Research in Brief is a publication from the Community Development Studies & Education Department. Written for community development practitioners and other interested stakeholders, Research in Brief summarizes technical research produced throughout the Federal Reserve System.
A home purchase appraisal is intended to provide an independent estimate of a home's value, but 90 percent of appraisals have been at or above the agreed-upon offer price. The working paper, "Information Losses in Home Purchase Appraisals," by Paul S. Calem, Lauren Lambie-Hanson, and Leonard I. Nakamura of the Federal Reserve Bank of Philadelphia, investigates the extent of information loss in the appraisal process due to current property valuation methods. This edition of Research in Brief summarizes the findings of this working paper.
General-purpose reloadable (GPR) prepaid cards have long been associated with unbanked and low-income individuals; however, these products have gained in appeal across populations. The discussion paper, "Millennials with Money: A New Look at Who Uses GPR Prepaid Cards," by Susan Herbst-Murphy of the Federal Reserve Bank of Philadelphia and Greg Weed of Phoenix Marketing International, examines the characteristics of GPR cardholders and describes how continual uptake could affect the card's development in the marketplace. This edition of Research in Brief summarizes the findings of the discussion paper.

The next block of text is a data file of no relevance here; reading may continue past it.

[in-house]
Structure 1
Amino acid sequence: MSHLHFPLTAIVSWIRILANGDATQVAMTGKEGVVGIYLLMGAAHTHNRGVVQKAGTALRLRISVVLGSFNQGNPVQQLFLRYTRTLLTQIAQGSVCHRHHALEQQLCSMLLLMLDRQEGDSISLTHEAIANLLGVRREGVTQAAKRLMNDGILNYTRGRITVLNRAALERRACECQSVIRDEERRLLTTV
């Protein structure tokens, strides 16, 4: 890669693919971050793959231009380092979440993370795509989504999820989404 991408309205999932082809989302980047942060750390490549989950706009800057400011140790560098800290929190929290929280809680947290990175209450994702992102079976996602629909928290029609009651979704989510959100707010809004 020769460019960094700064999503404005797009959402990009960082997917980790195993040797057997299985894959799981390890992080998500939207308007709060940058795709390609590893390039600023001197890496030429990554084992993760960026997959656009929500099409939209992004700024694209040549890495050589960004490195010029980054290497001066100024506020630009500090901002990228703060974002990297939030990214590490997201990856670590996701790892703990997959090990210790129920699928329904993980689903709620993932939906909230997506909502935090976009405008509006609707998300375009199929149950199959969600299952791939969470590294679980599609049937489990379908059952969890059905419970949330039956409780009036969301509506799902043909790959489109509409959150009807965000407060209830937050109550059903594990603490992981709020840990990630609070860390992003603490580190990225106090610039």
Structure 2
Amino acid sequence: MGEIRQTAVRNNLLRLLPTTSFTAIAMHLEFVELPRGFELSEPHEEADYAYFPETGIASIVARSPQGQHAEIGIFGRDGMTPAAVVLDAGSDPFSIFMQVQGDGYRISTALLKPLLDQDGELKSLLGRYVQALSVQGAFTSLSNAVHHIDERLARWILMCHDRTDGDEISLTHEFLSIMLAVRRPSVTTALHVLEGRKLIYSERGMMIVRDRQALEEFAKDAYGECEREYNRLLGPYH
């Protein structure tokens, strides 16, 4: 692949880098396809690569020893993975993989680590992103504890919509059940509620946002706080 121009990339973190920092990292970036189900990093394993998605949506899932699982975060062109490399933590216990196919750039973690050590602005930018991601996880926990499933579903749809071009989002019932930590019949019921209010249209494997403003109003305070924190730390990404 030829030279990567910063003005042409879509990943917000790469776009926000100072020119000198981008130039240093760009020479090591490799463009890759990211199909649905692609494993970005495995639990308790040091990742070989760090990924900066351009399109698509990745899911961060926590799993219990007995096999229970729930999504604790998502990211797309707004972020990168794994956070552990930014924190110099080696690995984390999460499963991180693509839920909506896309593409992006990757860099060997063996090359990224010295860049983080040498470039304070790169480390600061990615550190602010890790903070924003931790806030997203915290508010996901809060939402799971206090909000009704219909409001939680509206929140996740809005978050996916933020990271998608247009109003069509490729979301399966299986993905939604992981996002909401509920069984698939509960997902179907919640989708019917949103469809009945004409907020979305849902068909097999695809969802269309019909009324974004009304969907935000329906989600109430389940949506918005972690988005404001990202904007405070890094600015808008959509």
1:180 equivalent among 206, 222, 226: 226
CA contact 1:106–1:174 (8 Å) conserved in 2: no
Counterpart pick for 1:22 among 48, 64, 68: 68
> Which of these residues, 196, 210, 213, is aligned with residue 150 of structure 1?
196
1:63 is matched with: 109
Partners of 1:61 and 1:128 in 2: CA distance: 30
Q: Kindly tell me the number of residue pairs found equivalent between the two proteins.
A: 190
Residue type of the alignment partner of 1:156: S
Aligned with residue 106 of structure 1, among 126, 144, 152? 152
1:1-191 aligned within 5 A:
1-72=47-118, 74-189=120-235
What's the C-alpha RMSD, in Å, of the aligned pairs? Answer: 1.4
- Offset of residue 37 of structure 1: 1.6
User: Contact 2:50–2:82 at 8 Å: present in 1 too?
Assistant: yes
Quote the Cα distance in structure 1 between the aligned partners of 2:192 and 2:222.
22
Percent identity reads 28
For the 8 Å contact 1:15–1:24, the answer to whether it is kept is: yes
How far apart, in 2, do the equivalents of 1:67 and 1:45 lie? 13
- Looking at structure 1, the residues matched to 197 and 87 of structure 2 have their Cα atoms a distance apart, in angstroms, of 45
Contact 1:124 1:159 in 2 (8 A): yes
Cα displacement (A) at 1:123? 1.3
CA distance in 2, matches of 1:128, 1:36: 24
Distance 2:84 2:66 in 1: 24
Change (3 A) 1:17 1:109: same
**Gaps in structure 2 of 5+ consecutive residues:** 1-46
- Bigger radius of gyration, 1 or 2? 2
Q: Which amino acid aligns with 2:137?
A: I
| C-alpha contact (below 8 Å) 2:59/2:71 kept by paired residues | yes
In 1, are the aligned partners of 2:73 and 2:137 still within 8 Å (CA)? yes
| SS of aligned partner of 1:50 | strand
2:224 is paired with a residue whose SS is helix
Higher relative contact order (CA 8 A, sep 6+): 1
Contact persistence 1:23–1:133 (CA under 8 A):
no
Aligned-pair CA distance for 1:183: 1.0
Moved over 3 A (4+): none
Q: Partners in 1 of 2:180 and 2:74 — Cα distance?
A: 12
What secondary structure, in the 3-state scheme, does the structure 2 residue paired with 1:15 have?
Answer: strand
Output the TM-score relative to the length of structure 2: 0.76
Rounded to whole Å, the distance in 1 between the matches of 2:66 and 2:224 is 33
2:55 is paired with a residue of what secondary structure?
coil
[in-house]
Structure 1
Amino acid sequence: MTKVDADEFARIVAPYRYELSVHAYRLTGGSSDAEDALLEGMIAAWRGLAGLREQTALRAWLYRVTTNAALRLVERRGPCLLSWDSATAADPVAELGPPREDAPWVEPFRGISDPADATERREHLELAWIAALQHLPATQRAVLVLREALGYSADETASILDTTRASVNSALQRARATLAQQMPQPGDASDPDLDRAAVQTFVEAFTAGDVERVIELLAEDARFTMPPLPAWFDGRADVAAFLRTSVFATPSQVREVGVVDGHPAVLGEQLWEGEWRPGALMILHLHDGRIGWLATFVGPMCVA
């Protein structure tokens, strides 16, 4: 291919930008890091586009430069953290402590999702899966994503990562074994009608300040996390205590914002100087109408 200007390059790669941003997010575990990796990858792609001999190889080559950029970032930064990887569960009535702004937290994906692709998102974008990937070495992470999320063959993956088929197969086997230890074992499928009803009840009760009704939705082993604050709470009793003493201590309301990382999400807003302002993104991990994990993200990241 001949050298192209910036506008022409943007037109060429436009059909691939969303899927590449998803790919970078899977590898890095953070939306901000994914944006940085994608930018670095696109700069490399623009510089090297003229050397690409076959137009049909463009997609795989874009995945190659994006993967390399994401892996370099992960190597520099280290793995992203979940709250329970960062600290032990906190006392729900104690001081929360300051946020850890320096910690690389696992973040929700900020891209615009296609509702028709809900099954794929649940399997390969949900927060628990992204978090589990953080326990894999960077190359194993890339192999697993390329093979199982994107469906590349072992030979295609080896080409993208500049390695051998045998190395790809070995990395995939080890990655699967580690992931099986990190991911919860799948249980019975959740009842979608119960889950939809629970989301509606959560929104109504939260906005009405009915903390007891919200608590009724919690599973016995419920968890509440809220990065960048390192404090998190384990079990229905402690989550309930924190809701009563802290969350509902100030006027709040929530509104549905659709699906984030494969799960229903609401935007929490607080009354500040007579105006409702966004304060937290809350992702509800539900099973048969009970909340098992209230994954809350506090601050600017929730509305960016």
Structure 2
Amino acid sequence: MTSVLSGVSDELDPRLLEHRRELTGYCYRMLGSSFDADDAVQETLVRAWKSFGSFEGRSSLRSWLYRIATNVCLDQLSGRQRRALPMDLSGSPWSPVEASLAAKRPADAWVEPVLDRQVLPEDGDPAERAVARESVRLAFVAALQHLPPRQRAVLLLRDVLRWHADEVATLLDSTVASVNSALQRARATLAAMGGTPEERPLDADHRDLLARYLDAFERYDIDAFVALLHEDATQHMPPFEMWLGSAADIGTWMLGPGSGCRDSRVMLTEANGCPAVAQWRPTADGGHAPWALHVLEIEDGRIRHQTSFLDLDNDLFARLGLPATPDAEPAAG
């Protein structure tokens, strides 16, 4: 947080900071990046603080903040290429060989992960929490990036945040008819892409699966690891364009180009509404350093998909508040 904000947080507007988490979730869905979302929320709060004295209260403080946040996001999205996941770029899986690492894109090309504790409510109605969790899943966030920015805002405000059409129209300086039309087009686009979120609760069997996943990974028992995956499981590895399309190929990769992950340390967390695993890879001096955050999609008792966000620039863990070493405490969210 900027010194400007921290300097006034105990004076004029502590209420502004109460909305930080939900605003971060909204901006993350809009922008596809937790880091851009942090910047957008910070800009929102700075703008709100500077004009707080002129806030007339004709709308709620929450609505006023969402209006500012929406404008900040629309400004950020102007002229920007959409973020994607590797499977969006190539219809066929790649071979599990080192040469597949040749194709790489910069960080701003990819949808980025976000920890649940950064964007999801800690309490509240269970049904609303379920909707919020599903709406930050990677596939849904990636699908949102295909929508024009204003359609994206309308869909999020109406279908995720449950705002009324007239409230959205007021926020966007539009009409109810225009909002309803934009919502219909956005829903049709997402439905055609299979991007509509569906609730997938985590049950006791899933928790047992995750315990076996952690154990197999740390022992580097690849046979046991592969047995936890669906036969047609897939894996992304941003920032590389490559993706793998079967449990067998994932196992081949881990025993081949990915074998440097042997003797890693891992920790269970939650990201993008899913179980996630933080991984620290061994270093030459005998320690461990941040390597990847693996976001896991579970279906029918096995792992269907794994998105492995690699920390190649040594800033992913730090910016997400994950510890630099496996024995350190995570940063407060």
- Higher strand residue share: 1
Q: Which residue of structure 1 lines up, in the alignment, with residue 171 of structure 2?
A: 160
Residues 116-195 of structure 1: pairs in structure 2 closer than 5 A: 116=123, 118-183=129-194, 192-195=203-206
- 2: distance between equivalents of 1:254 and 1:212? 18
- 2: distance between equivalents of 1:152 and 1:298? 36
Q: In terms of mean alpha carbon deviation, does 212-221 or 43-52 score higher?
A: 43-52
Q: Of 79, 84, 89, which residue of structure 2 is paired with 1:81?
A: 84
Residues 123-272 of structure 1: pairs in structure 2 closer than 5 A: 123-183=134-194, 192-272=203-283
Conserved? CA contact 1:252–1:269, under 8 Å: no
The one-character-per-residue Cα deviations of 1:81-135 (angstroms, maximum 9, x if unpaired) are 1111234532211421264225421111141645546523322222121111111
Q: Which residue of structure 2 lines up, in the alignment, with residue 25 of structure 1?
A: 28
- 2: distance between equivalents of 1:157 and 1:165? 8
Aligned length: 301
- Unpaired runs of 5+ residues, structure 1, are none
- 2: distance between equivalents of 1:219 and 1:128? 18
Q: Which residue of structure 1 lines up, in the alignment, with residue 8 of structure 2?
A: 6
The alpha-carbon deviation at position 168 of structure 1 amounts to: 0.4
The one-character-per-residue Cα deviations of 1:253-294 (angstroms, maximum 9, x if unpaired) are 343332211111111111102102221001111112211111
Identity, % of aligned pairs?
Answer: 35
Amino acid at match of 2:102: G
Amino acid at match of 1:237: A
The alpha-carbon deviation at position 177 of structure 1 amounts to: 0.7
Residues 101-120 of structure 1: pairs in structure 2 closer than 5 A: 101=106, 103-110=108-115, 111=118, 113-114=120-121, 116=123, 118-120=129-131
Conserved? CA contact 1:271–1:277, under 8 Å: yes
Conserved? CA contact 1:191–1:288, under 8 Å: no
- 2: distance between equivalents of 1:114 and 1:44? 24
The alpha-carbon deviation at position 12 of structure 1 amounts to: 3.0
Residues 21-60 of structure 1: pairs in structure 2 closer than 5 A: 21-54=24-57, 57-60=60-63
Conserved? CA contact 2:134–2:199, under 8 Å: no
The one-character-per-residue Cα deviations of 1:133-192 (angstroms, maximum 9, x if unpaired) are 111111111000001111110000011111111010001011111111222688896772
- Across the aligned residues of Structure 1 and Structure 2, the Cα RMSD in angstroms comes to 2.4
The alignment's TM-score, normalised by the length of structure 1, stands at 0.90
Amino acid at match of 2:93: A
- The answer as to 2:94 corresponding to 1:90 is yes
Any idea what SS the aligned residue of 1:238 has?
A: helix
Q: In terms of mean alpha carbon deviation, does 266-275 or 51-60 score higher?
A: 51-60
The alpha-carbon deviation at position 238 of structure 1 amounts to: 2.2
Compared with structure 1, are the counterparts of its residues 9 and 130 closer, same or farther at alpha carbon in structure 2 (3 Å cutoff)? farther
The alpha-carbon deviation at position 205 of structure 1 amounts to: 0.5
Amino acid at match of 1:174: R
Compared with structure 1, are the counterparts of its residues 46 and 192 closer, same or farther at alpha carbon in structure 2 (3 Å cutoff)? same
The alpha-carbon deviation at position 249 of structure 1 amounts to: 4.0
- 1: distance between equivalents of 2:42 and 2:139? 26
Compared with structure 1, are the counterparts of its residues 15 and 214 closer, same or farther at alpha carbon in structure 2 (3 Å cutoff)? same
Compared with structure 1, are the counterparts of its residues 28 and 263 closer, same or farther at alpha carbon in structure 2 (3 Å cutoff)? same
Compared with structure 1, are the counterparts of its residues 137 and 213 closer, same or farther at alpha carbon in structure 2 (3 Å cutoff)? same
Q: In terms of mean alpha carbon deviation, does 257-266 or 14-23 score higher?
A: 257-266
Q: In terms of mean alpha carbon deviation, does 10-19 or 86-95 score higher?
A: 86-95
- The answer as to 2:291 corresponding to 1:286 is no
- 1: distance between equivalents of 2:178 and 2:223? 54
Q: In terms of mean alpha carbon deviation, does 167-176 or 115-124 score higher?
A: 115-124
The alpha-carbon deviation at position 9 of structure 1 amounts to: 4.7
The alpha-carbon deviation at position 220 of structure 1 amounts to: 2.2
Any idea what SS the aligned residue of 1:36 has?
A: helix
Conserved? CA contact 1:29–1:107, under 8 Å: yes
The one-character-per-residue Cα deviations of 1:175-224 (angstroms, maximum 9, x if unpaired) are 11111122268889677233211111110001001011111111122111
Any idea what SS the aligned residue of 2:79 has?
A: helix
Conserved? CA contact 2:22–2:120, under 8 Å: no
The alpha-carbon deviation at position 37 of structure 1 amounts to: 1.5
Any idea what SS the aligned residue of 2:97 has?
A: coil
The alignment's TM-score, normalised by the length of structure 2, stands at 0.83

An increase in bankruptcy filings has initiated in-depth research on the topic of credit availability to households after filing for bankruptcy. "Credit Access After Consumer Bankruptcy Filing: New Evidence" is a working paper by Julapa Jagtiani and Wenli Li of the Federal Reserve Bank of Philadelphia that was released in 2014. This edition of Research in Brief summarizes the findings of the working paper, which suggests that the type of bankruptcy filing — Chapter 7 or Chapter 13 — can have an impact on a household's future access to credit.